“Last year, I pledged my best efforts to support the goal of two states, Israel and Palestine, living side by side in peace and security, as part of a comprehensive peace between Israel and all of its neighbors. We have travelled a winding road over the last 12 months, with few peaks and many valleys. But this month, I am pleased that we have pursued direct negotiations between Israelis and Palestinians in Washington, Sharm el Sheikh and Jerusalem. Now I recognize many are pessimistic about this process. The cynics say that Israelis and Palestinians are too distrustful of each other, and too divided internally, to forge lasting peace. Rejectionists on both sides will try to disrupt the process, with bitter words and with bombs and with gunfire. Some say that the gaps between the parties are too big; the potential for talks to break down is too great; and that after decades of failure, peace is simply not possible. I hear those voices of skepticism. But I ask you to consider the alternative. If an agreement is not reached, Palestinians will never know the pride and dignity that comes with their own state. Israelis will never know the certainty and security that comes with sovereign and stable neighbors who are committed to coexistence. The hard realities of demography will take hold. More blood will be shed. This Holy Land will remain a symbol of our differences, instead of our common humanity. I refuse to accept that future. And we all have a choice to make. Each of us must choose the path of peace. Of course, that responsibility begins with the parties themselves, who must answer the call of history. Earlier this month at the White House, I was struck by the words of both the Israeli and Palestinian leaders. Prime Minister Netanyahu said, ‘I came here today to find a historic compromise that will enable both people to live in peace, security, and dignity’. And President Abbas said, ‘We will spare no effort and we will work diligently and tirelessly to ensure these negotiations achieve their cause’. These words must now be followed by action and I believe that both leaders have the courage to do so. But the road that they have to travel is exceedingly difficult, which is why I call upon Israelis and Palestinians — and the world — to rally behind the goal that these leaders now share. We know that there will be tests along the way and that one test is fast approaching. Israel’s settlement moratorium has made a difference on the ground and improved the atmosphere for talks. And our position on this issue is well known. We believe that the moratorium should be extended. We also believe that talks should press on until completed. Now is the time for the parties to help each other overcome this obstacle. Now is the time to build the trust — and provide the time — for substantial progress to be made. Now is the time for this opportunity to be seized, so that it does not slip away. Now, peace must be made by Israelis and Palestinians, but each of us has a responsibility to do our part as well. Those of us who are friends of Israel must understand that true security for the Jewish state requires an independent Palestine — one that allows the Palestinian people to live with dignity and opportunity. And those of us who are friends of the Palestinians must understand that the rights of the Palestinian people will be won only through peaceful means — including genuine reconciliation with a secure Israel. I know many in this hall count themselves as friends of the Palestinians. But these pledges of friendship must now be supported by deeds. Those who have signed on to the Arab Peace Initiative should seize this opportunity to make it real by taking tangible steps towards the normalization that it promises Israel. And those who speak on behalf of Palestinian self-government should help the Palestinian Authority politically and financially, and in doing so help the Palestinians build the institutions of their state. Those who long to see an independent Palestine must also stop trying to tear down Israel. After thousands of years, Jews and Arabs are not strangers in a strange land. After 60 years in the community of nations, Israel’s existence must not be a subject for debate. Israel is a sovereign state, and the historic homeland of the Jewish people. It should be clear to all that efforts to chip away at Israel’s legitimacy will only be met by the unshakeable opposition of the United States. And efforts to threaten or kill Israelis will do nothing to help the Palestinian people. The slaughter of innocent Israelis is not resistance — it’s injustice. And make no mistake: The courage of a man like President Abbas, who stands up for his people in front of the world under very difficult circumstances, is far greater than those who fire rockets at innocent women and children. The conflict between Israelis and Arabs is as old as this institution. And we can come back here next year, as we have for the last 60 years, and make long speeches about it. We can read familiar lists of grievances. We can table the same resolutions. We can further empower the forces of rejectionism and hate. And we can waste more time by carrying forward an argument that will not help a single Israeli or Palestinian child achieve a better life. We can do that. Or, we can say that this time will be different — that this time we will not let terror, or turbulence, or posturing, or petty politics stand in the way. This time, we will think not of ourselves, but of the young girl in Gaza who wants to have no ceiling on her dreams, or the young boy in Sderot who wants to sleep without the nightmare of rocket fire. This time, we should draw upon the teachings of tolerance that lie at the heart of three great religions that see Jerusalem’s soil as sacred. This time we should reach for what’s best within ourselves. If we do, when we come back here next year, we can have an agreement that will lead to a new member of the United Nations — an independent, sovereign state of Palestine, living in peace with Israel. (Applause.)”.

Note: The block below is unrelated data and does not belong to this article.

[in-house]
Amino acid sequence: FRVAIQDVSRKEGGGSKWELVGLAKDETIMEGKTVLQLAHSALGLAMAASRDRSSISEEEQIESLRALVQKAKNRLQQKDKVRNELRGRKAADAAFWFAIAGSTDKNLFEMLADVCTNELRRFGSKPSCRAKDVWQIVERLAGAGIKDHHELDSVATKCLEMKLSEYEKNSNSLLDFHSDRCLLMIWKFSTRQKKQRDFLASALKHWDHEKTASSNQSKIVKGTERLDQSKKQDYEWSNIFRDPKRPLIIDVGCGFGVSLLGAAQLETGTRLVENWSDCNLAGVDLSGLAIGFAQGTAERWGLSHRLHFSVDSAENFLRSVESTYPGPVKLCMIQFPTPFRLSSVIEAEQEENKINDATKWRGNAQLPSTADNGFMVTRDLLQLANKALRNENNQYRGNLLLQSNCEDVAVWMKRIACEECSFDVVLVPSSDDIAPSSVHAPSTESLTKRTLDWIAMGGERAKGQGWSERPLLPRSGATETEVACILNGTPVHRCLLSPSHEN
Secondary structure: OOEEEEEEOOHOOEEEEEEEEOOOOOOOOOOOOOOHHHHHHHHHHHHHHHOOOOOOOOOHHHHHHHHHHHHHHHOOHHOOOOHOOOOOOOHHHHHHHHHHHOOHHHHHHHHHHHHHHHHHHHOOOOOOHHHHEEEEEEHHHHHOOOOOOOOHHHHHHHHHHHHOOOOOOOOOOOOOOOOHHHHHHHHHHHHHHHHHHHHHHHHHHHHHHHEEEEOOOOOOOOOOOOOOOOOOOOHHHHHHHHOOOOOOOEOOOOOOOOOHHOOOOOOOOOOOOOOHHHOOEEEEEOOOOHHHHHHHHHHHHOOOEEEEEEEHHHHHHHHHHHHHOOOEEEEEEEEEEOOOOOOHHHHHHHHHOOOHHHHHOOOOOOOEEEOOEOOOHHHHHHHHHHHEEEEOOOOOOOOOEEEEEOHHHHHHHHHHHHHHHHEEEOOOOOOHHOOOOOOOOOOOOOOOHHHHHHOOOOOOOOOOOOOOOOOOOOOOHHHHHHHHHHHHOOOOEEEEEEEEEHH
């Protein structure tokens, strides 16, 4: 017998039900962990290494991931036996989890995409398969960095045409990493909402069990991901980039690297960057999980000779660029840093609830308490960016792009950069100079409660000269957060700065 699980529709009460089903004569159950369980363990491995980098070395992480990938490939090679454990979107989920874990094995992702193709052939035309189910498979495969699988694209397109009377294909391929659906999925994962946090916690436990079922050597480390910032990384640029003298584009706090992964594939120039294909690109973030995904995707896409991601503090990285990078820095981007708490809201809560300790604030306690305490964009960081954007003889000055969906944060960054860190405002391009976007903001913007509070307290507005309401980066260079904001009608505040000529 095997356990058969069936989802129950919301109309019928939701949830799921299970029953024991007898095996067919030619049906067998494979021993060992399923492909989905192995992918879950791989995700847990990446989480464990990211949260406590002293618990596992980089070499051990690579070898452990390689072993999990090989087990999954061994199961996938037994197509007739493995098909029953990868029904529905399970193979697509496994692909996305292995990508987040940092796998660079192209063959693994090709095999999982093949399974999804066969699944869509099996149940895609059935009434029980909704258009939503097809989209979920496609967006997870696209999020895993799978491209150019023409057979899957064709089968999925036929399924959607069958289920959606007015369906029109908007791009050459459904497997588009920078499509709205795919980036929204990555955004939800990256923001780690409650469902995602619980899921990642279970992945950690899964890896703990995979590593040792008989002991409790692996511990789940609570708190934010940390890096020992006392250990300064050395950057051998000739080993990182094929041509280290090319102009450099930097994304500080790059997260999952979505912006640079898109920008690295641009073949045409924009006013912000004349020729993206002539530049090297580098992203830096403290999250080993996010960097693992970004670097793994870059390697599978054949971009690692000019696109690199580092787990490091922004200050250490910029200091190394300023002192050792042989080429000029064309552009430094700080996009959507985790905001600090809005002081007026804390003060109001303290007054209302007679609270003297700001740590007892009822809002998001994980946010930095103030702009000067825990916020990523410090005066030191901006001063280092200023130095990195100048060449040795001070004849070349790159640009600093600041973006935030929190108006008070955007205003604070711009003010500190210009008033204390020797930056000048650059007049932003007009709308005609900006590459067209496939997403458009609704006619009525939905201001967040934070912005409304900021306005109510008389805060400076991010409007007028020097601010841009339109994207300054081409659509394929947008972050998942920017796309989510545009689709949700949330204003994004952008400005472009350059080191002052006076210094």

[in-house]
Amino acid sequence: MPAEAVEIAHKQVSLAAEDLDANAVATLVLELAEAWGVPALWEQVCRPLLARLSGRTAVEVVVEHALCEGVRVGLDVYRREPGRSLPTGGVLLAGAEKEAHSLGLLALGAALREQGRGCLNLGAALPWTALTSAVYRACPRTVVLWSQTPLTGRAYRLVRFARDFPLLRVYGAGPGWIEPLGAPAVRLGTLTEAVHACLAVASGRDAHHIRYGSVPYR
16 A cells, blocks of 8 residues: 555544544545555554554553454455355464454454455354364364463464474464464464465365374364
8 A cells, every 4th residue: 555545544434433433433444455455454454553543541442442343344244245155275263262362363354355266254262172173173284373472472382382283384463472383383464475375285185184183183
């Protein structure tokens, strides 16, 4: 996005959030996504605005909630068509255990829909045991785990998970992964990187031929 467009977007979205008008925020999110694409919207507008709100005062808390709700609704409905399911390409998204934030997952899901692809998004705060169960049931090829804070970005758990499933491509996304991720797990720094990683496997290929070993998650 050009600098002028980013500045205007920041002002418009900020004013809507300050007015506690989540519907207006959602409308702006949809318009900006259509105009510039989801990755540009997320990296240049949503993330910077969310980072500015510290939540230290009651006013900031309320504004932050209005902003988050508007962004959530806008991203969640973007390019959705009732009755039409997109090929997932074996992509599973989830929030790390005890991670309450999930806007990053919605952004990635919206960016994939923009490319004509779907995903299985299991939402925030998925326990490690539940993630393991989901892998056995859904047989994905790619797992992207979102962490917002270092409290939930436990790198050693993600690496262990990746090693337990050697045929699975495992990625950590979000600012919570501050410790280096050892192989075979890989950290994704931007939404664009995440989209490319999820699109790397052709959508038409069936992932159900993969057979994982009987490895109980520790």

The applause sounded polite, but not wildly enthusiastic…